A life of extremes
His life clearly exposed him to extreme: the direst poverty, epilepsy and a Siberian prison in Omsk – and yet the author of best-sellers was at home in the salon; he was even a guest of the tsar. "The country shivers, and the convict from Omsk / Understood everything, and made the sign of the cross over it all," wrote the renowned 20th-century poet Anna Akhmatova.
Joseph Frank's own rendezvous with the convict from Omsk began around 1950 in France, when he was one of the very early Fulbright Scholars. His influential essay, "Spatial Form in Modern Literature," had already put him on the map as one of the most influential critics in the postwar era. Frank, who began his career as a Washington, D.C., newspaperman in the 1940s, was writing "Paris Letters" for the Partisan Review. Then he discovered Dostoevsky, who was beginning to find his way into English translation.
Frank was so impressed he began to learn Russian – Marguerite recalls him walking around in the mid-1950s with a Russian grammar and lexicon. (They were married "a century ago" in 1953, she said.)
What intrigued Frank about the Russian author? "The problems he writes about are really eternal in Western civilization," he said. "He makes the fundamental issues of belief and the religious problems exciting – and contemporary. He poses questions in such a way that, whether you agree or not, it makes you think about them. That's why I was so much taken with him. He writes exciting novels, with detective techniques – and raises it to such a level! The mystery of it is the mystery of the meaning of life."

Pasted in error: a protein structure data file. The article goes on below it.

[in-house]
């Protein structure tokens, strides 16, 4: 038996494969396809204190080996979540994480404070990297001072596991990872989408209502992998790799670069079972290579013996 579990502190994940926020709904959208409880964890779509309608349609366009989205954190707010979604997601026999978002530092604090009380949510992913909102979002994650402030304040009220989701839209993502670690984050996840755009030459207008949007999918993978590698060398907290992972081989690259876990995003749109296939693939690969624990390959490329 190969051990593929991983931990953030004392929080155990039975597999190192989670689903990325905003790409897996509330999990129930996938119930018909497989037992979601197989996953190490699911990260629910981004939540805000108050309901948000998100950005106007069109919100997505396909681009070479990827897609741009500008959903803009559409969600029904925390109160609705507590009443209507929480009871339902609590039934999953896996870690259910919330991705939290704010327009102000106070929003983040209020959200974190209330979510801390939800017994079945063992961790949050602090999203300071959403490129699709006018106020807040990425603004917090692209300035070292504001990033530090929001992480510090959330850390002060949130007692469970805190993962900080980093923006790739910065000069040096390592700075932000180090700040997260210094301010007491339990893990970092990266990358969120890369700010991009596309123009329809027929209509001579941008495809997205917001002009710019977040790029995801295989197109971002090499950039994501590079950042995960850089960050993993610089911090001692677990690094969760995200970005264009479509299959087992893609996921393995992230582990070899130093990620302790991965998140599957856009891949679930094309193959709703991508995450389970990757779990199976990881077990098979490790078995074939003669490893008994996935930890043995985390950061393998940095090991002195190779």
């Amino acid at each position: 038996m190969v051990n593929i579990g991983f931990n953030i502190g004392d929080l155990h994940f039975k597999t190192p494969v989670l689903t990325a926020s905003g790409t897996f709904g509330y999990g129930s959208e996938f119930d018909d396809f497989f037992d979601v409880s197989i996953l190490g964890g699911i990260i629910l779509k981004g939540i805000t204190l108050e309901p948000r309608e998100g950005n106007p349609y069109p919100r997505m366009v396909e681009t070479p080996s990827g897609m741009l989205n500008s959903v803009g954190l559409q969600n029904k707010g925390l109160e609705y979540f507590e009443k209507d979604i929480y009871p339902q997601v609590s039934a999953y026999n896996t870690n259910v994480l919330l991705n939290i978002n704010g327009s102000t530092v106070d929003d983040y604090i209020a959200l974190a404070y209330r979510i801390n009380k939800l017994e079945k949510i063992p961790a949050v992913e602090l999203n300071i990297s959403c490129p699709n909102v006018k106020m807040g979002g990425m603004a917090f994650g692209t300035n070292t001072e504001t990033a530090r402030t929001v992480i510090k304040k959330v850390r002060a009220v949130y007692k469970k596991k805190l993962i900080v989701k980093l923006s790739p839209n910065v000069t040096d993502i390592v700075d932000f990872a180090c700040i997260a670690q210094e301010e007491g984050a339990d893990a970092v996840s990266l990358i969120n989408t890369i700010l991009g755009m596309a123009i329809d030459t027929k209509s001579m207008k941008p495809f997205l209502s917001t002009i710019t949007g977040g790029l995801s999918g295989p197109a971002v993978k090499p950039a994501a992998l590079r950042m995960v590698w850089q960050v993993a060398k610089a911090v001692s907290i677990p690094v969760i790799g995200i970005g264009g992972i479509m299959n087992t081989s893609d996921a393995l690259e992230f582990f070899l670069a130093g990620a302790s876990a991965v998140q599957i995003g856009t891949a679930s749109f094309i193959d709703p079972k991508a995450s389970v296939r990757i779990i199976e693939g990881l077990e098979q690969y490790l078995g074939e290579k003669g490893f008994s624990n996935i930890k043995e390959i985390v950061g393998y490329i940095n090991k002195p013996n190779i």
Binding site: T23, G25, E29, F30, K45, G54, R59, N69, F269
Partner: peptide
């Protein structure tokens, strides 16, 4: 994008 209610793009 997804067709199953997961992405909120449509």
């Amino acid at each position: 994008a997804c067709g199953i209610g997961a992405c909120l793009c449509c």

In his acknowledgements, Frank praises Marguerite as "a sharp and discerning critic of all my volumes."
"Nothing I can say will adequately express what every one of my books owes to her participation," Frank wrote. In particular, he incorporated her views on "perhaps the most complex of all the female characters in Dostoevsky's novels, the beautiful and ill-fated Natasya Filippovna of The Idiot."
"Joe's not interested in Natasya – he's interested in the 'Idiot,'" Marguerite explained. Like many of the great writers of the period, Dostoevsky was fascinated by fallen women. But she insisted Natasya is no fallen woman: "She's an absolutely pure victim."
Dostoevsky knew something about victims. What happened that day in 1849? In a grim and cruel charade, the soldiers lowered their rifles and untied the stunned prisoners. Tsar Nicholas I had granted a pardon. The men, their sentence commuted to Siberian labor, were shackled. One of Dostoevsky's shakier comrades went mad that morning.
"Yes! … Yes! … Really! … How could I not recognize it," the by-then-famous author said when he was invited to a St. Petersburg window overlooking the infamous Semenovsky Square decades later. He was surrounded by a drawing-room crowd, according to a witness, who described him as shriveled, short and vinovaty – "that is, as if he felt guilty about something," Frank wrote in his description of the incident, included in his new book.
The horror and freezing cold of that December morning tumbled out of the aging author in broken, spasmodic sentences that kept the guests spellbound: "It could not be that I, amidst all the thousands who were alive – in something like five to six minutes would no longer exist! … Everything seemed insignificant compared to this last terrible minute of transition to somewhere, … to the unknown, to darkness …"
"Well, all this is past and gone," his host gently reassured him.
"Is it really gone?" Dostoevsky whispered.
Joseph Frank, Department of Slavic Languages and Literatures: (650) 323-3606, email@example.com